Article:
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SNDAN Trumpet & Tenor Sax alpha

Breath-controlled additive synthesis experiment

(14 Votes)
2.0 (Updated 1 month ago)
145.3MB
July 22, 2021
Reaktor 6
Other Test Area

DESCRIPTION

EDIT: V2 now includes a tenor sax.

This is an experiment in additive synthesis.

Sampled trumpet & tenor sax tones were analyzed with the SNDAN sound analysis software created by Prof. James W. Beauchamp at the University of Illinois. Every other semitone was analyzed, at multiple velocities (for tonguing) and volumes (for timbre). The SNDAN analysis information was then exported, formatted, and imported into Reaktor data tables that drive an additive sine bank synthesizer.

The tones sound remarkably like the original samples. The audio file was created while playing the synthesizer with a wind controller.

This is an experiment only and requires a wind controller, or any other MIDI continuous controller that sends CC#2. Velocity controls the tonguing and CC#2 controls the volume and timbre.

COMMENTS  (20)

Wiola Thoms
2 weeks ago
This is another ace from you, my friend could not believe this came from a synth. Chet you've not only inspired but with your ensembles have allowed me to discard samples to large part. Without you I never would've tried physical modelling and realized not only it's numerous possiblities like realism and flexibility, bt that every synth can do it, which inspired me to learn FM and additive. Right now I'm using many Reaktor esnembles and the resonance and subercomb filters in Absynth and especially Absynth has surprised me in how good it is. Anyway, best of luck to you Chet and billion thanks, you have truly left your mark on virtual instruments and many many makers of them and programmin musicians!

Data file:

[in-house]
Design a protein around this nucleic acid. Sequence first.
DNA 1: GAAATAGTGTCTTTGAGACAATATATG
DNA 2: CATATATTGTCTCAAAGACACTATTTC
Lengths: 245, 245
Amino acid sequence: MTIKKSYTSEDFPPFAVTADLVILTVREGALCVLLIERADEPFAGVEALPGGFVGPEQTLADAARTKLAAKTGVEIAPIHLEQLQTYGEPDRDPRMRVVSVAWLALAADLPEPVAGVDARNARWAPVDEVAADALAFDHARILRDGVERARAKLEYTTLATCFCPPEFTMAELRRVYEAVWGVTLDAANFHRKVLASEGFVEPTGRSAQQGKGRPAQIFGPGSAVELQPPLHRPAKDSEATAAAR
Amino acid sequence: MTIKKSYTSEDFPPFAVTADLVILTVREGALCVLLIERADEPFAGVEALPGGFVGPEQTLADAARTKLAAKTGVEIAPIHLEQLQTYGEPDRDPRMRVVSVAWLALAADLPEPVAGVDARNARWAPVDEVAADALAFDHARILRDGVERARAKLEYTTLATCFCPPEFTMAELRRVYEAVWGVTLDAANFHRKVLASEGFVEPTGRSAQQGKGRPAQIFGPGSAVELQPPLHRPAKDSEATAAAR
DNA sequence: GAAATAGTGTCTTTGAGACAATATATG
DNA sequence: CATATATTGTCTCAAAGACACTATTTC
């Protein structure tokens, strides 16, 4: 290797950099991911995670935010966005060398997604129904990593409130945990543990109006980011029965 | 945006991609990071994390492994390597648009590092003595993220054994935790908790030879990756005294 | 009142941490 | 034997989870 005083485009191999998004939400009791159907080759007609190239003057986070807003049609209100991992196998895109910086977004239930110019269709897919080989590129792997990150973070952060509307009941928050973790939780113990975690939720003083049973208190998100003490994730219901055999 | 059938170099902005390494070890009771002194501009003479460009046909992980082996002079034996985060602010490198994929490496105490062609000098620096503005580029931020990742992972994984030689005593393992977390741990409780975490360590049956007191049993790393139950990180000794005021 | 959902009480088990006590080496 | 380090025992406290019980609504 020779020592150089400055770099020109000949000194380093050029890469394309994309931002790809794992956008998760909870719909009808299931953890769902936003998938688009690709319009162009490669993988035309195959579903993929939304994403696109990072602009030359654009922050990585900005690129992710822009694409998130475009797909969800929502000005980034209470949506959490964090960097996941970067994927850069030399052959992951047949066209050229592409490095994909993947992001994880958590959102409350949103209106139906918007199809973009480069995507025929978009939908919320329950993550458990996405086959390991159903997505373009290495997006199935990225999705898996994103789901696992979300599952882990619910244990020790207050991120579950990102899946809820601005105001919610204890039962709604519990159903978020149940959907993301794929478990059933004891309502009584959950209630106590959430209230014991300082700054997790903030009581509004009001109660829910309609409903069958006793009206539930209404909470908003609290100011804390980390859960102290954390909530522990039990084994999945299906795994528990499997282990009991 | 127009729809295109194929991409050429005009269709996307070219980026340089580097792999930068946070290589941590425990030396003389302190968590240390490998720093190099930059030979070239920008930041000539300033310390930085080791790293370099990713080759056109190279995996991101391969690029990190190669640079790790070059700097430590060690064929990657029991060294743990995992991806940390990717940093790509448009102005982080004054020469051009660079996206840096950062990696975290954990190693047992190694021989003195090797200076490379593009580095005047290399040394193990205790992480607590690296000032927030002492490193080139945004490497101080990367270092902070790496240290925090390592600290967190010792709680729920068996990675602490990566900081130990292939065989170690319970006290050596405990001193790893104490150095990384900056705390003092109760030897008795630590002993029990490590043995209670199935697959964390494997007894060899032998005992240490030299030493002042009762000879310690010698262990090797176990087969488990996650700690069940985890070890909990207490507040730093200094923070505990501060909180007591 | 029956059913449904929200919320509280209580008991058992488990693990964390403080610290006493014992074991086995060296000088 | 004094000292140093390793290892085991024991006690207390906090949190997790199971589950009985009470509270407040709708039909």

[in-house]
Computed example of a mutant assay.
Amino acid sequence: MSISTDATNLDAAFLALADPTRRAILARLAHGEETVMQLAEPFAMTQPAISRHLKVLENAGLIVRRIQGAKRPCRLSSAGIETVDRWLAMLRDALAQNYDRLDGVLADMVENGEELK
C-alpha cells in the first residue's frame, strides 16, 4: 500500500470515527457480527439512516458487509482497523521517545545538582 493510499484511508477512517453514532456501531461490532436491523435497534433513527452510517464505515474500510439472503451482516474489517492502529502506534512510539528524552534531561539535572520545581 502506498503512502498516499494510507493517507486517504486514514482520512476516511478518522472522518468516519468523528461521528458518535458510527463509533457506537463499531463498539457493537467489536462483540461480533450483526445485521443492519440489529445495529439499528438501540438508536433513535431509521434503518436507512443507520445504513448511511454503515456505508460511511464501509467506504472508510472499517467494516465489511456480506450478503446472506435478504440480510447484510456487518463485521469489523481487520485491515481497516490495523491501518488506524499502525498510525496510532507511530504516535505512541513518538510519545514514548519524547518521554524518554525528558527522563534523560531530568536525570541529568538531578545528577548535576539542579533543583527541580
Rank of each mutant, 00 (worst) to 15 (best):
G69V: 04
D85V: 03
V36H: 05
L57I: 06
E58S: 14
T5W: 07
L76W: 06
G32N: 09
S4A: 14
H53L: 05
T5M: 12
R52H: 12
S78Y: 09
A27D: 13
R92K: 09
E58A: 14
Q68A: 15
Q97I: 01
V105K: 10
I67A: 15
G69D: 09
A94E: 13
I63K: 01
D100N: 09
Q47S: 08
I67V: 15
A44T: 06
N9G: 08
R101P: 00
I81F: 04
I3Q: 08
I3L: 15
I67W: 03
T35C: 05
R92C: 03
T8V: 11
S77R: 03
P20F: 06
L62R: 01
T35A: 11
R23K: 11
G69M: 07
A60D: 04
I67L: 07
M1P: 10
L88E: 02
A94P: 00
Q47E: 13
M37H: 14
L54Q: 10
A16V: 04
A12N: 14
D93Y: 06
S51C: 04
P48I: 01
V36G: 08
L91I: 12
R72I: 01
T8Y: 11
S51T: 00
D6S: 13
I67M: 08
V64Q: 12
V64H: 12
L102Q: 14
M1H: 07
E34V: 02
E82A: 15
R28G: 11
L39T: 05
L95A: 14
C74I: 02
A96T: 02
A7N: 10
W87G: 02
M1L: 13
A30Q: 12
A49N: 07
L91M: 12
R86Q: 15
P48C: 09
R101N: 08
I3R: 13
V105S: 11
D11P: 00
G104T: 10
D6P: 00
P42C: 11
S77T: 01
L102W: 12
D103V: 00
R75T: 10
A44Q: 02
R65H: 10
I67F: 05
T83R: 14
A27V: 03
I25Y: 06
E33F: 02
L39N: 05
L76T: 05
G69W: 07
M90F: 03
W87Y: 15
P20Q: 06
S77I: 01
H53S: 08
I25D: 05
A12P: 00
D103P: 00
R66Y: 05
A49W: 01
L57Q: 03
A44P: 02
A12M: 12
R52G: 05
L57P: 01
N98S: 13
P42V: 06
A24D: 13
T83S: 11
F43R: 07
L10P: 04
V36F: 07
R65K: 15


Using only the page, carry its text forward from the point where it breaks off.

Softyman123
3 weeks ago
These would be so excellent with Pitch bend. Amazing work so far. Loving your instruments thank you, most impressive.
Chet Singer
3 weeks ago
I hear them too. I think what's happening is that a new note-on is beginning before the previous one has decayed. I have some ideas to fix it but none of them are simple.
Cmyth
3 weeks ago
Woah, these sound amazing! Having so much fun playing with these! I have noticed though a clicking/popping noise when playing phrases without legato/overlapping notes. Here's what it sounds like for me https://www.dropbox.com/s/n1sywqfmslc2bl5/Tenor%20Sax.wav?dl=0
Neil Elver
3 weeks ago
Having owned an EWI USB wind controller for 10 years, I have never had as realistic playing and sonic experience as when using your reactor instruments. Add a touch of reverb, map some CC# and just play. Very excited about these recent developments!
Chet Singer
1 month ago
Yes, making a saxophone required few changes to the ensemble: different data in the tables, more harmonics in the sine bank, and not much else.
andrew aronson
1 month ago
!!! this method of analysis ---> additive synthesis is very promising. is this process generalization, aka were you able to get the saxaphone tables into the instrument without too much modification of the original?